Articles by Tony Reinke
In the fall of 1782, a 57-year-old man walked the docks of Deptford, a South London port on the Thames river. Thirty miles inland from the sea, the port was the home of the Royal Navy Dockyards, and the man…Continue Reading
Why is our first inclination to run our sins into the dark shadows and hide like Adam tucked up against a tree trunk?
We find it natural to hide our sins, even as Christians, but such an act contradicts our…Continue Reading
In 1999, Rosaria Champagne Butterfield was a tenured English professor at Syracuse University, a skeptic of all things Christian, and in a committed lesbian relationship. Her academic specialty was Queer Theory, a postmodern form of gay and lesbian studies.
This week we released episodes 24–28 in the Ask Pastor John podcast. In one of those new episodes we asked John Piper a question about personal Bible reading: must we come away from our Bible reading with a life application…Continue Reading
It was another full week in the Ask Pastor John podcast series, and we covered a few of the more difficult questions of Christian Hedonism.
First, we asked Pastor John whether there are times in the Christian life when —…Continue Reading
“How good is God,” wrote Jonathan Edwards, “that he has created man for this very end, to make him happy in the enjoyment of himself, the Almighty, who was happy from the days of eternity in himself … that he…Continue Reading
Christian marriage has been caught up into the cosmic drama of the gospel.
In this first Authors on the Line podcast of 2013 we talk with Bible scholar G. K. Beale, the Professor of New Testament and Biblical Theology at…Continue Reading
How easy is it to detach our marriages from the finished work of Christ?
This may be due to living in a society where marriage is ever pressed into molds defined by the increasing unbelief around…Continue Reading
A week ago, John Piper celebrated his 67th birthday. On his birthday, we asked him about his prayer for this new chapter of ministry.
“I really do feel remarkably vulnerable to distraction because of the lifting of certain pressures,” he…Continue Reading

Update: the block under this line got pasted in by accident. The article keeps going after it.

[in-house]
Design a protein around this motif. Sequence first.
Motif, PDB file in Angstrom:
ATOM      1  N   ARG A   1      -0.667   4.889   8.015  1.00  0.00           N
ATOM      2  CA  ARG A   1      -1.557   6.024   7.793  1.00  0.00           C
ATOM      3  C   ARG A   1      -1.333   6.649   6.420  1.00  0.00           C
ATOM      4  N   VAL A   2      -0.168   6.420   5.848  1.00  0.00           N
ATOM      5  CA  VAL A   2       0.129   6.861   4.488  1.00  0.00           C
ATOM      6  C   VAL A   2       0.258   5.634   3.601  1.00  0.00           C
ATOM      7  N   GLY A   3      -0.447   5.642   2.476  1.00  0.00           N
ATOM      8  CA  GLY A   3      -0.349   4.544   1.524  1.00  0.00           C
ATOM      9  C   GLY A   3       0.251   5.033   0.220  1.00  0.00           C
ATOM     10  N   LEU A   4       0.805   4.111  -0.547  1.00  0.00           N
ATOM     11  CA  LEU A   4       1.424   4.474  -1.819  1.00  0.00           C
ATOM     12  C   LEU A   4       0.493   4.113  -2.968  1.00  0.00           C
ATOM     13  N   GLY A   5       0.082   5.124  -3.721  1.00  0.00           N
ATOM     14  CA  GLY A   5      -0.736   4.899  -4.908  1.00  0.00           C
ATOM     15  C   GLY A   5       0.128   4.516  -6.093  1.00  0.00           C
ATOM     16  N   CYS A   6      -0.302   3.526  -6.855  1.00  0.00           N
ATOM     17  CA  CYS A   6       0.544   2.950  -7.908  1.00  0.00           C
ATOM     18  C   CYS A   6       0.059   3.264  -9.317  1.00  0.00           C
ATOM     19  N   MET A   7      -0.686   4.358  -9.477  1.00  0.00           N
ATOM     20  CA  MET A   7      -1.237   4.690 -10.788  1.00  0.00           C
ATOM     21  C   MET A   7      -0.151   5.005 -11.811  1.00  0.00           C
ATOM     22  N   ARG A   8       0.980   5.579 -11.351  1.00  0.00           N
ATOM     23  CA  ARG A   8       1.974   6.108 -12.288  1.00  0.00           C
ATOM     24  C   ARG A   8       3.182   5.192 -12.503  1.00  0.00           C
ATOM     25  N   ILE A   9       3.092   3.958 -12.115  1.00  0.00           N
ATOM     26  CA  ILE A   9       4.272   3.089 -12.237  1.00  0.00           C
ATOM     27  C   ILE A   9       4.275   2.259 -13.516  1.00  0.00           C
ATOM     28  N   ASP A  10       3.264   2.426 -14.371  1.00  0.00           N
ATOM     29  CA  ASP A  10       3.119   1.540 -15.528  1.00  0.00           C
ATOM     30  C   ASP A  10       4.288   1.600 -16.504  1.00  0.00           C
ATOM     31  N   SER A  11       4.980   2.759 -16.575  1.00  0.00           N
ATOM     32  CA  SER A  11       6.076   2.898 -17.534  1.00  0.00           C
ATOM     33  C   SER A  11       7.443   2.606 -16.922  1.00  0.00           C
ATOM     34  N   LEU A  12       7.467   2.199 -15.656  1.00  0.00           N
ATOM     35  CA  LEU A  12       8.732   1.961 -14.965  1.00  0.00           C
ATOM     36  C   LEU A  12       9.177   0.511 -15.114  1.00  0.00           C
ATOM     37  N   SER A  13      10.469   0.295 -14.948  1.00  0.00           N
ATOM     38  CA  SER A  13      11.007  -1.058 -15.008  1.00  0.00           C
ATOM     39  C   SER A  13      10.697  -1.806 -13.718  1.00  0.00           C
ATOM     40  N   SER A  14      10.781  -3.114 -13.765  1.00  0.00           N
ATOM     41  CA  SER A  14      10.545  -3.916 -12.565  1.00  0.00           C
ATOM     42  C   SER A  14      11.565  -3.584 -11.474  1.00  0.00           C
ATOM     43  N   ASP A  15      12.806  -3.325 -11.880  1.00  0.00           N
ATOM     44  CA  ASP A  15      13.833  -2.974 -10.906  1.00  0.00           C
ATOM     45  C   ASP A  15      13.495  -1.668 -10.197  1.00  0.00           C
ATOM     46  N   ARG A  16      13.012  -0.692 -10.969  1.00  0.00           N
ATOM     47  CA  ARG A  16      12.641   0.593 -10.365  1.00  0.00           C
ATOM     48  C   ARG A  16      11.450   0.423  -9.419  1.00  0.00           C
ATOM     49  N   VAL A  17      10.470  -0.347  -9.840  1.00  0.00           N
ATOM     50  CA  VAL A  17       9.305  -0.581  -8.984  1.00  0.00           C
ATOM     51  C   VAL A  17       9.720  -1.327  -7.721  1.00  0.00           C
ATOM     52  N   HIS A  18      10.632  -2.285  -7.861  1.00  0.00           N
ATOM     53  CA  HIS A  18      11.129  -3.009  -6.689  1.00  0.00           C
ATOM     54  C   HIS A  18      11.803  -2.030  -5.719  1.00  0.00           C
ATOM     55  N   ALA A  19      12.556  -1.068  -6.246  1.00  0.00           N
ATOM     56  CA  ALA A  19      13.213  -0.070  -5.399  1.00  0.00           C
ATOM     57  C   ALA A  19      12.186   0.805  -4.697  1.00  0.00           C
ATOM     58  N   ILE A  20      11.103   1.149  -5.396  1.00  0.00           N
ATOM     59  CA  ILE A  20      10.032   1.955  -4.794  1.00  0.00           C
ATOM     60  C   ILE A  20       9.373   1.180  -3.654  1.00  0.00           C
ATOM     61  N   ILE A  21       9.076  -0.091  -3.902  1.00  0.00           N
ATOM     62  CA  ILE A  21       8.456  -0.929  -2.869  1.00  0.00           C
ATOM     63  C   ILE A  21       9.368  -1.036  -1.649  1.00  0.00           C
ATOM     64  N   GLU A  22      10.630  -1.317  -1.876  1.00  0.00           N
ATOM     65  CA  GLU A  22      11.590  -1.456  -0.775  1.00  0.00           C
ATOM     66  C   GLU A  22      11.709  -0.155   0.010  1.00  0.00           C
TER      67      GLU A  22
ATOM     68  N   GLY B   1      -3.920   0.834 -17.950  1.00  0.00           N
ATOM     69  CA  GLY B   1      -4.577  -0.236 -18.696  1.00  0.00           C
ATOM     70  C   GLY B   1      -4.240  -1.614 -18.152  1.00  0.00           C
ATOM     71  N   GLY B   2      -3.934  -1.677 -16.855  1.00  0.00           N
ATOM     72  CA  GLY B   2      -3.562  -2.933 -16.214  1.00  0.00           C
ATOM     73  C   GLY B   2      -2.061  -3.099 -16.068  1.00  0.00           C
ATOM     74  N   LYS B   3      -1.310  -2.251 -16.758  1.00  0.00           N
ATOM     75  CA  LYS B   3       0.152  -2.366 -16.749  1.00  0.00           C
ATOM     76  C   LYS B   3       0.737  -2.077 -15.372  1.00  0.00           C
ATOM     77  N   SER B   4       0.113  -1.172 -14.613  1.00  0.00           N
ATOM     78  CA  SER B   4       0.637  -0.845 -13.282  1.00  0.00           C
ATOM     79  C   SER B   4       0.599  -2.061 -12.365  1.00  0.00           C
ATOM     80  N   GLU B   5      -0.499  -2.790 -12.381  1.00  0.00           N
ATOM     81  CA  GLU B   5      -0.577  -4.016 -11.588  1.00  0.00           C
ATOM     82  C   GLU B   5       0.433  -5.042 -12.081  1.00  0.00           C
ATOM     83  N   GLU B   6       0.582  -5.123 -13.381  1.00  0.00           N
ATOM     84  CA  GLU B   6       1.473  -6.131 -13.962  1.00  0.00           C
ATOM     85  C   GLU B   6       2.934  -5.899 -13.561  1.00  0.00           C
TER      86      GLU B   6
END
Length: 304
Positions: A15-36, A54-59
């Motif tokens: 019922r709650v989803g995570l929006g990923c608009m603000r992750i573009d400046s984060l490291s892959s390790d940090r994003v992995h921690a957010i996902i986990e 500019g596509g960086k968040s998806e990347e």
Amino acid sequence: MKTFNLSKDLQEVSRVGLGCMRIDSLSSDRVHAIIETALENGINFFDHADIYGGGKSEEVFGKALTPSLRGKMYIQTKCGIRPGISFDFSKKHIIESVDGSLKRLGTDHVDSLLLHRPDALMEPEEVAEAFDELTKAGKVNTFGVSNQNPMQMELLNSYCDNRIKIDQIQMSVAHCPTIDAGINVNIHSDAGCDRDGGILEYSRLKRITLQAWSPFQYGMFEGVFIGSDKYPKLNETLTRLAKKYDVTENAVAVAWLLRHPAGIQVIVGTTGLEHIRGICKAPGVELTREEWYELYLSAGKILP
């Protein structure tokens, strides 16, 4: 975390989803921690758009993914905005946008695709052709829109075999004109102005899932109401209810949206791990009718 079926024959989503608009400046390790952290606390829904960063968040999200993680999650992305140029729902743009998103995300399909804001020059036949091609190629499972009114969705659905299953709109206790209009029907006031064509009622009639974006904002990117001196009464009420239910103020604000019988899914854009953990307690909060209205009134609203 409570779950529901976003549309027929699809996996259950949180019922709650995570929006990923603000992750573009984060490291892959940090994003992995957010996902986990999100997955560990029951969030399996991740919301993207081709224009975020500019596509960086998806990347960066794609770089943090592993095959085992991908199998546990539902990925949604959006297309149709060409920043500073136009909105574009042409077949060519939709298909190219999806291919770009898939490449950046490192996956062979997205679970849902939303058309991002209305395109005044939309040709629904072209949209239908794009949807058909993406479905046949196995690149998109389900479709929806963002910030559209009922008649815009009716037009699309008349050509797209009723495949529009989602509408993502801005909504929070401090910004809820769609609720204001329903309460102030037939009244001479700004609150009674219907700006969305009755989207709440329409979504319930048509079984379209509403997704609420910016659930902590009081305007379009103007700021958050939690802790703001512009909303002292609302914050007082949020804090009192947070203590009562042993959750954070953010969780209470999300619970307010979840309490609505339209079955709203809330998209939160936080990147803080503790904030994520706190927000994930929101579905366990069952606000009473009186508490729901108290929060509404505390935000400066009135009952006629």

If Scripture didn’t say it, I wouldn’t either. But it’s true. In four places in Scripture we read that Jesus, the Son of God himself, raised his voice in worship.1
Which is immediately confusing on one level…Continue Reading
Training children to love reading can be tough. Okay, really tough. A host of visual entertainment competes for our children's attention. Things like video games, which are not necessarily bad in themselves, can spill over boundaries and erode a child’s…Continue Reading
At the very points in my life when my soul feels most dry and joyless, I often find myself most spiritually speechless. I'm stuck. And when I get stuck in this inarticulate joyless state I turn to the Psalms. There…Continue Reading
The holiday season is notoriously busy. But there are often quiet moments at Christmas to slow our lives down for worship. The classic Nativity figurines and all the classic Nativity paintings capture this divine silence. In the presence of the…Continue Reading
The new stage-to-screen adaptation of Les Misérables (which releases today) is proof again of the enduring power of Victor Hugo’s 150-year-old masterpiece. The novel-turned-musical has been released for film and television now 67 times in the past 115 years.
Dietrich Bonhoeffer awoke December 25, 1943 on a hard wooden bed. It was the first of two Christmases he would spend sequestered in a Nazi prison.
This first Christmas would be celebrated in a lonely prison cell in a place…Continue Reading
When the Nazis padlocked the doors of the Confessing Church seminaries in Germany in the Autumn of 1937, Dietrich Bonhoeffer took theological training underground and opened his own seminary in Finkenwalde. Before the Gestapo shut it down in 1939, Bonhoeffer…Continue Reading